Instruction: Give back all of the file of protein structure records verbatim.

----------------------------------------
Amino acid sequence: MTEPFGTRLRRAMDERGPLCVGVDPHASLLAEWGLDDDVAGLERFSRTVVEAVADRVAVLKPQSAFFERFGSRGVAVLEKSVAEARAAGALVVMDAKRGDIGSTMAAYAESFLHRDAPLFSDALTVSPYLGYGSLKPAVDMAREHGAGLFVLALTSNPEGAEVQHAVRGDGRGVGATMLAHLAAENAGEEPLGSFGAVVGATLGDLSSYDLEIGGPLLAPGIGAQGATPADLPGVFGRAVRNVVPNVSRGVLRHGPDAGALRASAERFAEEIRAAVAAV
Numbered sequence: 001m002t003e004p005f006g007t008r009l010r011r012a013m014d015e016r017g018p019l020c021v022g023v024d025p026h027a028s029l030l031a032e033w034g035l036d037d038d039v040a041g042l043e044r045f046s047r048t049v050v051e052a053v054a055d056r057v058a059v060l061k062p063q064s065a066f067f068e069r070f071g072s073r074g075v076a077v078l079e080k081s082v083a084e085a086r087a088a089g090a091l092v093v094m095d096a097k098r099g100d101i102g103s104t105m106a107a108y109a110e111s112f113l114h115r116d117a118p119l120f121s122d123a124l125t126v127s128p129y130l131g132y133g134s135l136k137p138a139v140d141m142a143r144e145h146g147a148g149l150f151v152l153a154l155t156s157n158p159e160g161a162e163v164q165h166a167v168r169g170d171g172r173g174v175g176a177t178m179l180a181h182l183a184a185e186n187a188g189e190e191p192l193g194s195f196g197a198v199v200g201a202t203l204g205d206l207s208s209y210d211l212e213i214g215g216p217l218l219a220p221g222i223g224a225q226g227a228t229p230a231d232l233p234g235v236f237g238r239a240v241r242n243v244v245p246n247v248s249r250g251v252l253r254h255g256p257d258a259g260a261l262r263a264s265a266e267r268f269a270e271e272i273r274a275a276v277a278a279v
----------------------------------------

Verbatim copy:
Amino acid sequence: MTEPFGTRLRRAMDERGPLCVGVDPHASLLAEWGLDDDVAGLERFSRTVVEAVADRVAVLKPQSAFFERFGSRGVAVLEKSVAEARAAGALVVMDAKRGDIGSTMAAYAESFLHRDAPLFSDALTVSPYLGYGSLKPAVDMAREHGAGLFVLALTSNPEGAEVQHAVRGDGRGVGATMLAHLAAENAGEEPLGSFGAVVGATLGDLSSYDLEIGGPLLAPGIGAQGATPADLPGVFGRAVRNVVPNVSRGVLRHGPDAGALRASAERFAEEIRAAVAAV
Numbered sequence: 001m002t003e004p005f006g007t008r009l010r011r012a013m014d015e016r017g018p019l020c021v022g023v024d025p026h027a028s029l030l031a032e033w034g035l036d037d038d039v040a041g042l043e044r045f046s047r048t049v050v051e052a053v054a055d056r057v058a059v060l061k062p063q064s065a066f067f068e069r070f071g072s073r074g075v076a077v078l079e080k081s082v083a084e085a086r087a088a089g090a091l092v093v094m095d096a097k098r099g100d101i102g103s104t105m106a107a108y109a110e111s112f113l114h115r116d117a118p119l120f121s122d123a124l125t126v127s128p129y130l131g132y133g134s135l136k137p138a139v140d141m142a143r144e145h146g147a148g149l150f151v152l153a154l155t156s157n158p159e160g161a162e163v164q165h166a167v168r169g170d171g172r173g174v175g176a177t178m179l180a181h182l183a184a185e186n187a188g189e190e191p192l193g194s195f196g197a198v199v200g201a202t203l204g205d206l207s208s209y210d211l212e213i214g215g216p217l218l219a220p221g222i223g224a225q226g227a228t229p230a231d232l233p234g235v236f237g238r239a240v241r242n243v244v245p246n247v248s249r250g251v252l253r254h255g256p257d258a259g260a261l262r263a264s265a266e267r268f269a270e271e272i273r274a275a276v277a278a279v